The All-New Ford Focus is now available to buy at your local Hartwell showroom. It’s two decades since the launch of the original Focus, and the world has massively changed in that time. Technology from 1998 is almost unrecognisable, and fashion has luckily moved on too. But just how different is the UK’s best-selling family hatchback now than when it was launched in 1998?
When the Focus was launched, it was like very little else on the road. Ford’s design team were brave with the styling, and it was a much-needed departure from the Escort, Fiesta and Mondeo of the time. The bonnet was low with a sleek grille and triangular headlights, and the window-line stretched all the way back to the funky lights either side of the rear windscreen. It’s aged really well – especially the facelifted model.
The All-New Focus also has triangular headlights, a low bonnet and a sloping roofline, but the rest of the styling is completely different. For a start, LED daytime running lights are now fitted, and the rear lights have migrated to a more conventional place on the tailgate. The Estate model is much larger than the original, yet offers a sleeker, svelte design. The Focus has grown massively to offer more space for passengers and luggage, but still retains the handsome looks introduced by the original car.
Time has been slightly less kind to the interior of the 1998 Focus. At the time, I’m sure it was a refreshing change from the sea of square black plastic consumers were used to, with its quirky angles and sweeping centre console. But now, it hasn’t aged particularly well – perhaps due to the sheer amount of technology we’re used to in modern vehicles. That said, everything seems to be logically laid out, so it would soon become second nature.
Fast forward 20 years, and you wouldn’t think these two cars were from the same company. The quirkiness is gone, replaced by a much cleaner dashboard and centre console. It’s much improved from the last model, with plusher materials and fewer buttons to get confused with. With its increased size, the All-New Focus offers far more leg and headroom.
For a buyer in 1998, the highlights of the equipment list were body-coloured bumpers, power windows and central locking. Higher specifications offered a leather-covered steering wheel, wood-effect trim and heated mirrors. The options list included air conditioning, a CD autochanger, rear electric windows, remote locking, traction control and parking sensors.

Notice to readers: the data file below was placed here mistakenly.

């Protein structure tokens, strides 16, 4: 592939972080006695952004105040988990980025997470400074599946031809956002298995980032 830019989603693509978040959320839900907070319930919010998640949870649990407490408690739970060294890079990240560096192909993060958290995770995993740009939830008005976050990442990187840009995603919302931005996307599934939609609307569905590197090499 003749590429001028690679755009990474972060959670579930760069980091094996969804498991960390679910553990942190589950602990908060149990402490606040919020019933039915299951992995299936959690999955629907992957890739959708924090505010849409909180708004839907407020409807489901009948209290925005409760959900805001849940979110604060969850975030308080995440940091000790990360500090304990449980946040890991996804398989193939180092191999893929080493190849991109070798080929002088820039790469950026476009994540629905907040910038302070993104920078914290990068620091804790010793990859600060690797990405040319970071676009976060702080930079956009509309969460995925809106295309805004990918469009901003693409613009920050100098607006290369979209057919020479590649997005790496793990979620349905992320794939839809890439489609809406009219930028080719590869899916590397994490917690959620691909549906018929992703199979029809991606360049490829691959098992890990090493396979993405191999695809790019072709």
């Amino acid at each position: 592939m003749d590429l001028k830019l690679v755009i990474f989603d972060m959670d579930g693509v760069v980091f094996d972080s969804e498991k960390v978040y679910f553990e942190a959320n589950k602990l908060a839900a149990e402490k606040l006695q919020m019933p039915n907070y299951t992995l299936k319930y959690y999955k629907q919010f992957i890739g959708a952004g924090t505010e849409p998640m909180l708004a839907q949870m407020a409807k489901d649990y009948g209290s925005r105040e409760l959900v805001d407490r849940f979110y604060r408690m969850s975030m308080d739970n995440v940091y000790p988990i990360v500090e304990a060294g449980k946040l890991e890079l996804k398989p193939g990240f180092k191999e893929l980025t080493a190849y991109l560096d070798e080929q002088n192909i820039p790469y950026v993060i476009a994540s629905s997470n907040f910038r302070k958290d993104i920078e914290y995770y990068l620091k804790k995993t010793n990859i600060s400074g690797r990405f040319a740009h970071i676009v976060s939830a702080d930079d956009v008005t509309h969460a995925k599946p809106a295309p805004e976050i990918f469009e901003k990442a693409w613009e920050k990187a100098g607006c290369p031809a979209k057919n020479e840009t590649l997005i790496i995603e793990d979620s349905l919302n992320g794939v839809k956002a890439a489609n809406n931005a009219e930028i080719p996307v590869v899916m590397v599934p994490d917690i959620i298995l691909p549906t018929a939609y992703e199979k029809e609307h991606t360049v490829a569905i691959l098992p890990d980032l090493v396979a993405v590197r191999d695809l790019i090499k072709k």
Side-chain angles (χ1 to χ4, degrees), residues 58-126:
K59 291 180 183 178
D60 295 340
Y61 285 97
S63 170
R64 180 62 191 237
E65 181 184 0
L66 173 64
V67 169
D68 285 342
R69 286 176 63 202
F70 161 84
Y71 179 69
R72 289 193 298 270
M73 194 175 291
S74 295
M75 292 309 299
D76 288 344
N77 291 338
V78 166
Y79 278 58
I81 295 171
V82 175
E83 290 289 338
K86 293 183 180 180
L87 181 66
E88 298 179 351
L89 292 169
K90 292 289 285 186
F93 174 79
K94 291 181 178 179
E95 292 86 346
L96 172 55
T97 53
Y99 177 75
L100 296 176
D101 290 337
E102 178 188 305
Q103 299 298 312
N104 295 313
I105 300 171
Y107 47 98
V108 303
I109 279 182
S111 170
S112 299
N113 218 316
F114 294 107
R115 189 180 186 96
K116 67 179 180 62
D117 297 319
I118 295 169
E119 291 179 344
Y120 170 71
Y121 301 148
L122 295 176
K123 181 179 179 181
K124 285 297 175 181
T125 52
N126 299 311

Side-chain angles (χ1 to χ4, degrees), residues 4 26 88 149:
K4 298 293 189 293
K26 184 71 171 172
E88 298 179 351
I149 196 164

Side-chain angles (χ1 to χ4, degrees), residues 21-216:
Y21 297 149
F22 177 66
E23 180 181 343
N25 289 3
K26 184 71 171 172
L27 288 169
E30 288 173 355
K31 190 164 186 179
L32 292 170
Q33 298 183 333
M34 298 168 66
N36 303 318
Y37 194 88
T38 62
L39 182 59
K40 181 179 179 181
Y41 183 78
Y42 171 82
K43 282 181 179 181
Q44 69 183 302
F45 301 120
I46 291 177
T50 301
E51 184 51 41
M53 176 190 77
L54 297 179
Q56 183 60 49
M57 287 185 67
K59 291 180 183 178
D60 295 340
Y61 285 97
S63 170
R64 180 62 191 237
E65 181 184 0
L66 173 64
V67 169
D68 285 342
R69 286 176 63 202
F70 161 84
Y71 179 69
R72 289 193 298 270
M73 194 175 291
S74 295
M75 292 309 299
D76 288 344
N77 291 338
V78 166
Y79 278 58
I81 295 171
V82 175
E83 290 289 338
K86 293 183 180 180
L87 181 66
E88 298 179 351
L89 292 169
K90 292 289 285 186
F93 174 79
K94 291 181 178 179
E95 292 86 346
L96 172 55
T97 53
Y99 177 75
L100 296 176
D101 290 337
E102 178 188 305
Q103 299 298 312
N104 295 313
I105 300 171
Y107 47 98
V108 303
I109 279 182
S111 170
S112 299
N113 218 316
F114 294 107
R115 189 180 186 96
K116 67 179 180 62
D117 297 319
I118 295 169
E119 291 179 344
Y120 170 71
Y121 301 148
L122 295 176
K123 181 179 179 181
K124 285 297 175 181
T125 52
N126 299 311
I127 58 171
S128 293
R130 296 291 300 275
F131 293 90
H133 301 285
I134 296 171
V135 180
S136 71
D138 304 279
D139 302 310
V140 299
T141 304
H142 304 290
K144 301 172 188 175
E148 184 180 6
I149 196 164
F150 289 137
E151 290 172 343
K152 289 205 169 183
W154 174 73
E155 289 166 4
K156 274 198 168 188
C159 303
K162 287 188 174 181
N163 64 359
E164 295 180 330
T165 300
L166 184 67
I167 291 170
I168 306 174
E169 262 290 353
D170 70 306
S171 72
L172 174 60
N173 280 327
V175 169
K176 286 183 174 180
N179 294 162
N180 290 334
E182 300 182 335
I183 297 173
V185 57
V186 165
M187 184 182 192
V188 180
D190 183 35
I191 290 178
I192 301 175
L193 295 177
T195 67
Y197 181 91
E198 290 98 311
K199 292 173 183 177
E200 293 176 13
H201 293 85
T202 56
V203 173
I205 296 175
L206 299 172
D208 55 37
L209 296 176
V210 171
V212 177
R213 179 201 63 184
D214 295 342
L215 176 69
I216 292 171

Now, there’s too much included on the Focus to list. Even entry-level models offer alloy wheels, automatic headlights, an electric parking brake and plenty of connectivity. Ford has pulled out all the stops with this new car, and has even included a suite of technology that will allow it to drive and park itself! Find out more about the features in the All-New Focus by clicking here.
In the original car, avoiding an accident or reducing damage/ injuries was up to two airbags and your reactions. ABS and traction control were optional on some models, but the Focus still gained a respectably four-star Euro NCAP rating. However, it goes without saying that you’ll be much safer sitting in the All-New Focus.
The Euro NCAP test is much more stringent now, yet the Focus scored five stars and gets high marks all round. That’s due to automatic emergency braking fitted as standard, plus speed assistance and lane keeping systems. If that’s not enough, you can specify almost any safety technology you can think of onto the Focus – including blind spot warning, cross traffic alert and adaptive front lighting.
The original Focus came with 1.6 and 1.8-litre petrol engines, and smooth diesel engines. Performance models came later, in the form of the ST170 and the original Focus RS – now a cult classic, it featured a 215hp 2.0-litre turbo, Brembo brakes, a limited slip differential and the Ford Racing blue paint. The handling was even more amazing, though, and even the base-spec cars handled like sports cars.
Back then, a 1.0-litre engine would be common in underpowered first cars. Now, Ford’s 1.0-litre turbo kicks out up to 125hp, and up to 182hp is available from a 1.5-litre turbo. The upcoming ST model will produce around 275hp and a future RS model will head north of 400hp. As for the handling, some things don’t change – Top Gear says the new Focus is the sweetest drive in the mainstream hatch class.